This article was written by Omer Singer and originally appeared on the Snowflake Blog here: https://www.snowflake.com/blog/5-lessons-we-learned-validating-security-controls-at-snowflake/
You may have read about Snowflake’s IPO last year. But you probably didn’t hear about all the work that the Snowflake security team did in preparation. Our corporate security program went through a security analytics review to ensure that it satisfied the new security policy requirements resulting from the IPO. Here are a few lessons that we learned when setting up automated security control validation on our Snowflake security data lake.
Lesson #1: You learn something new when you measure for the first time
Ignorance might be bliss for some people but not for security analysts. That’s why answers to questions such as “Do we have visibility into all of our corporate server activity?” can be enlightening. For example, when we joined event logs together with asset inventory in Snowflake, the analytics pointed to systems that needed attention.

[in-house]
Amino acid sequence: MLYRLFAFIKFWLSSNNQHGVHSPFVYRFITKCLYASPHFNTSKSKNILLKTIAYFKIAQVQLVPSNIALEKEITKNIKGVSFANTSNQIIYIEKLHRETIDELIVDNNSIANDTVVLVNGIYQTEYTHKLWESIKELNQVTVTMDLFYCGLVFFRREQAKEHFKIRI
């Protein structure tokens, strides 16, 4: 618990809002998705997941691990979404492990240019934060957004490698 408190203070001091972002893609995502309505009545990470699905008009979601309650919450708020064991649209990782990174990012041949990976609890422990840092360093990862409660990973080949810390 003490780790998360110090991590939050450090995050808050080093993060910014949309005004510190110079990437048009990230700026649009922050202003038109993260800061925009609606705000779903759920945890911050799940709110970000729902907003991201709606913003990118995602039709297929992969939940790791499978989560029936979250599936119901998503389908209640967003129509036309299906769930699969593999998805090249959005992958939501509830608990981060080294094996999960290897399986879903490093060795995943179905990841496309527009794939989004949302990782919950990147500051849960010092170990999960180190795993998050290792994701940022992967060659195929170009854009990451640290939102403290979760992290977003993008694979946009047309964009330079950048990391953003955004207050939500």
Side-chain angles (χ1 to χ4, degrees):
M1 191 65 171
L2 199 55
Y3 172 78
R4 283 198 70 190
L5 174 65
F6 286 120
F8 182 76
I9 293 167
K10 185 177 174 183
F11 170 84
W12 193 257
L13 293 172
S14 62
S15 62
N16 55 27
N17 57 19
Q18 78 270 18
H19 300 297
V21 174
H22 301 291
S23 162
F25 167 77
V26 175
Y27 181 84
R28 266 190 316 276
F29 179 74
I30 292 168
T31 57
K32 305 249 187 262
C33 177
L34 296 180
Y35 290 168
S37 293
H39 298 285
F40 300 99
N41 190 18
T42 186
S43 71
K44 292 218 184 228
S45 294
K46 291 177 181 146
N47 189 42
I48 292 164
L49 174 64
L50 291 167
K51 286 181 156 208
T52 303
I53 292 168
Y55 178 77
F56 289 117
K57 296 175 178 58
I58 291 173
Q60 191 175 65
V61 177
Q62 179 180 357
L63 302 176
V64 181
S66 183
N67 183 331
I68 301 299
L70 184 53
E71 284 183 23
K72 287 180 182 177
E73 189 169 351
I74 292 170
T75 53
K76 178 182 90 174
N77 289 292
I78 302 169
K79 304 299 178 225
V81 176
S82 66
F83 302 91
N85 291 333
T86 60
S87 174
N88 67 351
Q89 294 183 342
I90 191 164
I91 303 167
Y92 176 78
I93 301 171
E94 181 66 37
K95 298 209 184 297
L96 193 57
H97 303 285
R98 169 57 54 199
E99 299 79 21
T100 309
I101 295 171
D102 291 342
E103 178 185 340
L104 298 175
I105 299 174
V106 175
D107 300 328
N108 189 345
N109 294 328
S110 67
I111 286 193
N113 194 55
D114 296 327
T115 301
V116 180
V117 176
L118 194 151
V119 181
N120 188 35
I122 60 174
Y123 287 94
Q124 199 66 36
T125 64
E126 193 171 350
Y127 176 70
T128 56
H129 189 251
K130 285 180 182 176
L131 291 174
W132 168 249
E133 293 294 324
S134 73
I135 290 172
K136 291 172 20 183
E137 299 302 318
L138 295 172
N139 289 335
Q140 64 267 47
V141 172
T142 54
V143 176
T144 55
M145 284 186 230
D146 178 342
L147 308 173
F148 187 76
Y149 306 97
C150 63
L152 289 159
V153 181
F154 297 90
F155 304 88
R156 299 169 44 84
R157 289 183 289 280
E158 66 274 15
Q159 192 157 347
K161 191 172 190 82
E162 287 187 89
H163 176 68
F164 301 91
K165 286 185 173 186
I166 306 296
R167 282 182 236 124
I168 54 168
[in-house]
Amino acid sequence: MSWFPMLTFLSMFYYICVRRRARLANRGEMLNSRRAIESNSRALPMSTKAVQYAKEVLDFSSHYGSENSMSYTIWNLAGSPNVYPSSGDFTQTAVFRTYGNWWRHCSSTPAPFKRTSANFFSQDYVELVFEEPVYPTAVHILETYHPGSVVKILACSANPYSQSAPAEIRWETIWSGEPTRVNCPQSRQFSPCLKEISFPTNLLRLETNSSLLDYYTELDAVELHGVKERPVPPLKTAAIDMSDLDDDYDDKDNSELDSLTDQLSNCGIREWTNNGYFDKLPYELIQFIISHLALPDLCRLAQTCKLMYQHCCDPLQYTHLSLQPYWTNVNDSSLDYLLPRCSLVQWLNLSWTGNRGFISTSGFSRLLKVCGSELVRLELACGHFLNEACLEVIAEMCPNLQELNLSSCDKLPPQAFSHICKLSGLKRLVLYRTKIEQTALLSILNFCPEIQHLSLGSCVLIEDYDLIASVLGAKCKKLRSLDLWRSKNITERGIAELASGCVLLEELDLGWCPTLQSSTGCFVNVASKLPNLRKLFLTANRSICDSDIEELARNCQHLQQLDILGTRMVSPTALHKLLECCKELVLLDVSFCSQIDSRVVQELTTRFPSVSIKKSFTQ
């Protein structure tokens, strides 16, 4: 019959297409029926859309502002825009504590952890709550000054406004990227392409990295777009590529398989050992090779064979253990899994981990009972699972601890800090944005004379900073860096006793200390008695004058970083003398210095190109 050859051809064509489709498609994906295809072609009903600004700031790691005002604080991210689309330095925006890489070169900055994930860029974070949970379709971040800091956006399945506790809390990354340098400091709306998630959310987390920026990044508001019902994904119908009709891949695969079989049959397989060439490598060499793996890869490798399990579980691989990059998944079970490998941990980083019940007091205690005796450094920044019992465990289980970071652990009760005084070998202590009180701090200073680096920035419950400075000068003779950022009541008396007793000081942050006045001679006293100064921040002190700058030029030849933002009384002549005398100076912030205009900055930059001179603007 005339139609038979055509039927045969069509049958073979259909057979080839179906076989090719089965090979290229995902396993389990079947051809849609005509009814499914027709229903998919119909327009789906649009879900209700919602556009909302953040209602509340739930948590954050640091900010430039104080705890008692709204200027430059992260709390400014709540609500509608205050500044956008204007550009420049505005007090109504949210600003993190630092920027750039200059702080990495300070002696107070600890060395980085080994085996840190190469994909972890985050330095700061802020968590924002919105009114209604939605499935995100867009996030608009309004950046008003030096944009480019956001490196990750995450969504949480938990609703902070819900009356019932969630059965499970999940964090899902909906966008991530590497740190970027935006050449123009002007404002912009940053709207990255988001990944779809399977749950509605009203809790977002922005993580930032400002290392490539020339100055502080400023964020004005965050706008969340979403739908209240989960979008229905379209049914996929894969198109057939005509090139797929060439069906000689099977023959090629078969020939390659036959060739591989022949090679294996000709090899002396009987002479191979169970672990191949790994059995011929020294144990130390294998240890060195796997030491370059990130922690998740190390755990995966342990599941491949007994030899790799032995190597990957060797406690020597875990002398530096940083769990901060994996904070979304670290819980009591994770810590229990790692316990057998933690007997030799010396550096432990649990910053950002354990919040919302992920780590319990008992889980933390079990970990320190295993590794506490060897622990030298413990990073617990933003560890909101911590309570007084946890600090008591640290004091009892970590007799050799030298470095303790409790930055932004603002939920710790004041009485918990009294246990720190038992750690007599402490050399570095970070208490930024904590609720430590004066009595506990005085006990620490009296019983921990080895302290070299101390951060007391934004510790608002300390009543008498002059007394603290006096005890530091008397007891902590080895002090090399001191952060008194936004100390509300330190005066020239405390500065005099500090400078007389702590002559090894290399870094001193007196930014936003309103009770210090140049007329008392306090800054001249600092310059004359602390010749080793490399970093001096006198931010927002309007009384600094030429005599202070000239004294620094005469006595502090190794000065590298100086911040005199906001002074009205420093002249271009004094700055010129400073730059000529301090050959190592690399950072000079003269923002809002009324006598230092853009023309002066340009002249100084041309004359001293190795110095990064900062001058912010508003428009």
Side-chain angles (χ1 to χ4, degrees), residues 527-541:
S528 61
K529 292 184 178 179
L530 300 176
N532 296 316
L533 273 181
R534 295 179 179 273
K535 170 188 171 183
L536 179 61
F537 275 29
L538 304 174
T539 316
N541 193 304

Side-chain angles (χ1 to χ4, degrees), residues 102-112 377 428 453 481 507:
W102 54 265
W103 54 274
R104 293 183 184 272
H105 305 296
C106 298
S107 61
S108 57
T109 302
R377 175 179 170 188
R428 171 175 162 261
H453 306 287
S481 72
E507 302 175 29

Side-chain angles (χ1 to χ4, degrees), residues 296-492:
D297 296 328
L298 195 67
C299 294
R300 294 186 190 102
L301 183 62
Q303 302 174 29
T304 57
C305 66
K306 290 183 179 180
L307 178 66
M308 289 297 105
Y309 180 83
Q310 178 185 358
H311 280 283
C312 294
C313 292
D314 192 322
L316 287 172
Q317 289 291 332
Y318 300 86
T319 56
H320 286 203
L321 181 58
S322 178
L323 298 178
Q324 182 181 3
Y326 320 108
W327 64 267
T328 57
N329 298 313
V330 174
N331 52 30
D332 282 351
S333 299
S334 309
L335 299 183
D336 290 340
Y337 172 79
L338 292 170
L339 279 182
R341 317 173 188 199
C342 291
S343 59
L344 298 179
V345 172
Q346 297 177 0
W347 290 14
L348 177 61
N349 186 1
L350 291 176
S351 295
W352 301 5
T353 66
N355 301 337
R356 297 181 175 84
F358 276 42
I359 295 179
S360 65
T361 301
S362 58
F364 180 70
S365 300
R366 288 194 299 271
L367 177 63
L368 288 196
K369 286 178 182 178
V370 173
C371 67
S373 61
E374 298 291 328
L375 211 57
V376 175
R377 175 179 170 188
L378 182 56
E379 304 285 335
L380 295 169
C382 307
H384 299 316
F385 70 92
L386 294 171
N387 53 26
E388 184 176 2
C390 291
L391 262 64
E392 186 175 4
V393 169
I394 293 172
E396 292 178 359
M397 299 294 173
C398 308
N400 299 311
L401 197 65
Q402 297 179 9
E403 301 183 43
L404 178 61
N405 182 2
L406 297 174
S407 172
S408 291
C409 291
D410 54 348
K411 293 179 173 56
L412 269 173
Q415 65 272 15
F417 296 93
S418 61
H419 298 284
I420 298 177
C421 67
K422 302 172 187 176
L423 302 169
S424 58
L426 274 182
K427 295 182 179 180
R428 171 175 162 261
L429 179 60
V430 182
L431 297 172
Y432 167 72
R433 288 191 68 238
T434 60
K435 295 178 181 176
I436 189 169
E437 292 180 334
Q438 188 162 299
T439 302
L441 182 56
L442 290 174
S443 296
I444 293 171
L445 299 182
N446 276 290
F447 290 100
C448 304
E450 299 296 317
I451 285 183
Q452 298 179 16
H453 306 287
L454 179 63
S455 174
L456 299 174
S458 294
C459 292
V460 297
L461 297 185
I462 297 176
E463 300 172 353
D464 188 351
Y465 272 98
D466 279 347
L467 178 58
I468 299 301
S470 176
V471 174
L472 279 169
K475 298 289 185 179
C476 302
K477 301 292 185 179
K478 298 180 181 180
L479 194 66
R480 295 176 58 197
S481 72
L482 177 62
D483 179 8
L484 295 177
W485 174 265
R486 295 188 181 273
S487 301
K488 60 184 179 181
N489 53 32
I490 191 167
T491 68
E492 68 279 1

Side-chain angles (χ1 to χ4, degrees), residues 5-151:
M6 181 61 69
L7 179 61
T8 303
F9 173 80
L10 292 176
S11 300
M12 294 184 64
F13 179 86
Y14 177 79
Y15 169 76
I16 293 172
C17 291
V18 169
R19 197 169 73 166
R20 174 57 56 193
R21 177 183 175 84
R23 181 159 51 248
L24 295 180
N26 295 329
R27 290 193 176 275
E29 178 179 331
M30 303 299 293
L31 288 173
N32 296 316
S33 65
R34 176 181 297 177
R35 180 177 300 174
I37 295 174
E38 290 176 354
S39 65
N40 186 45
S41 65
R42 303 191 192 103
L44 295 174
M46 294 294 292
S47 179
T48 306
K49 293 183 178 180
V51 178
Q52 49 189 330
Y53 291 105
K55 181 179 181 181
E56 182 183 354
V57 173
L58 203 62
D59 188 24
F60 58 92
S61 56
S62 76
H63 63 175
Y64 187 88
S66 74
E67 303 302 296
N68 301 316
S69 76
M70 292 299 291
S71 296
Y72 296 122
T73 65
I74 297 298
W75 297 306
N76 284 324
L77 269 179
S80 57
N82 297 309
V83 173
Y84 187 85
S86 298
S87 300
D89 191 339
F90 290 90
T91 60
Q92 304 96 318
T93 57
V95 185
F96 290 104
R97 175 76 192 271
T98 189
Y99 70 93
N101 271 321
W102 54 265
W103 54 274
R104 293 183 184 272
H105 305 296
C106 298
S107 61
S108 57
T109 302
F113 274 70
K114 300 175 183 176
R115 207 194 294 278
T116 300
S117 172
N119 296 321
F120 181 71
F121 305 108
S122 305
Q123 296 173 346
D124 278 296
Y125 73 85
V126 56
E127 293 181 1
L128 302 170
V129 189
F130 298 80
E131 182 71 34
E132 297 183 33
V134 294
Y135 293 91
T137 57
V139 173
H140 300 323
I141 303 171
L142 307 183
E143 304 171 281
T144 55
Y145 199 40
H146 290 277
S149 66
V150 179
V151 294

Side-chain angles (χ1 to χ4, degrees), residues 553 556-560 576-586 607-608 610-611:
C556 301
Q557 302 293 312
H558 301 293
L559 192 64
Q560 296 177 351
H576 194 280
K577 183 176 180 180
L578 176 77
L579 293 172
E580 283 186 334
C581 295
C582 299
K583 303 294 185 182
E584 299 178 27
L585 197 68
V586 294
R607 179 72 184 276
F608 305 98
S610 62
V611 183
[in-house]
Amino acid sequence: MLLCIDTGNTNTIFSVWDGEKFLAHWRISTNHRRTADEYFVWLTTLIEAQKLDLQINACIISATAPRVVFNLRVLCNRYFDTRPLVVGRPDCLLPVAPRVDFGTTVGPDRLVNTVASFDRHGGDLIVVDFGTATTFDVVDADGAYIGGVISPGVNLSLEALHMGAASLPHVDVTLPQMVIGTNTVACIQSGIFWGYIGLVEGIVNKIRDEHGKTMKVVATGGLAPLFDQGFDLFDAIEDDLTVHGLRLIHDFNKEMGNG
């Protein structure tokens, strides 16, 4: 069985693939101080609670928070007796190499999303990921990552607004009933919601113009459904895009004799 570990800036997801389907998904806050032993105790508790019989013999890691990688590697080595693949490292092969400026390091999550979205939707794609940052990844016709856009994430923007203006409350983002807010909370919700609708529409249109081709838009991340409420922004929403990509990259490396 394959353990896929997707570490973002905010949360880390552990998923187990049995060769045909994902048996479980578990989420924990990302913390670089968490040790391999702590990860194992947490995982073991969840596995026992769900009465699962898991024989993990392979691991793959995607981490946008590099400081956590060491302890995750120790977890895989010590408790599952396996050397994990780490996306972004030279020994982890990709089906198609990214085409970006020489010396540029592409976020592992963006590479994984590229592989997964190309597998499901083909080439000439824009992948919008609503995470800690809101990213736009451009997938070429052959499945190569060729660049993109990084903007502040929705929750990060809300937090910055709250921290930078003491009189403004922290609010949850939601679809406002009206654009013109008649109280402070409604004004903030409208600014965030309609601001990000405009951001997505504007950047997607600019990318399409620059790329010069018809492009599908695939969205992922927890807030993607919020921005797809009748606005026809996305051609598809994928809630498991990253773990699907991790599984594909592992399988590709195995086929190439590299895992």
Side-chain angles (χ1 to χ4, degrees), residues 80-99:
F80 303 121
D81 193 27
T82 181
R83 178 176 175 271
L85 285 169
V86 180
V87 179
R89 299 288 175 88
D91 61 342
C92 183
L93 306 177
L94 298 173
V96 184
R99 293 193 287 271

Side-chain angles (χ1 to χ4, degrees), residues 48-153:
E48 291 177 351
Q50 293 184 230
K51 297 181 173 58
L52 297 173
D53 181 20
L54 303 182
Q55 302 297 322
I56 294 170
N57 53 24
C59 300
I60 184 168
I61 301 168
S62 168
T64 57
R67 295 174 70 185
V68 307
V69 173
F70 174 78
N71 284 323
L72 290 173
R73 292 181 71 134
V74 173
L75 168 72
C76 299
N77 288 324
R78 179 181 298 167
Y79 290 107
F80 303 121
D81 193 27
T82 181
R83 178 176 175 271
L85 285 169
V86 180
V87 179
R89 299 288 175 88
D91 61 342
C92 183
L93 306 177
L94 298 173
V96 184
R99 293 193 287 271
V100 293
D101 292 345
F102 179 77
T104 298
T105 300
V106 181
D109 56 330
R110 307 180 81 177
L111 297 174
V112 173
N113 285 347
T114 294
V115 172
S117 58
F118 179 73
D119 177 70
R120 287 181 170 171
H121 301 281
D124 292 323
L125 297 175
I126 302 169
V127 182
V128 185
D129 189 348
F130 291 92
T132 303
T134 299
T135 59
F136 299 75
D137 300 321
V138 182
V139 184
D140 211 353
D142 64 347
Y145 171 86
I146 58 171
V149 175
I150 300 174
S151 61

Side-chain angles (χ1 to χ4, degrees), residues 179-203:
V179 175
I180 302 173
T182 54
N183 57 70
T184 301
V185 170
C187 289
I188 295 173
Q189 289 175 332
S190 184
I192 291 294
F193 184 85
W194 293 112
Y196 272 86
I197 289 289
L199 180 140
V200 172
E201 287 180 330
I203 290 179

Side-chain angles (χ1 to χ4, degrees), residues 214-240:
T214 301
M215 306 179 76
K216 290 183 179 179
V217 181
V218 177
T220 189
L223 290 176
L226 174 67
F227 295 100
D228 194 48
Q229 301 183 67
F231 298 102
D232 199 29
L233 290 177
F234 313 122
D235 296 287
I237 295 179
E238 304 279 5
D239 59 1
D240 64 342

Visibility gaps aren’t good, but why should anyone expect things to be perfect if measurement happens infrequently or not at all? Although getting unexpected results didn’t feel great at the time, it led us to ask hard questions and get closer to our target state.
Lesson #2: SQL can be better than English for defining security policies
One of the best things about being part of Snowflake’s security team is gaining SQL skills. Although SQL is the preferred query language for data analysts around the world, cybersecurity analysts generally use a polyglot of proprietary search syntaxes. This prevents many in our field from putting data to work in meaningful ways, perpetuating a cycle of manual effort without enough time to invest in better analytics and automation.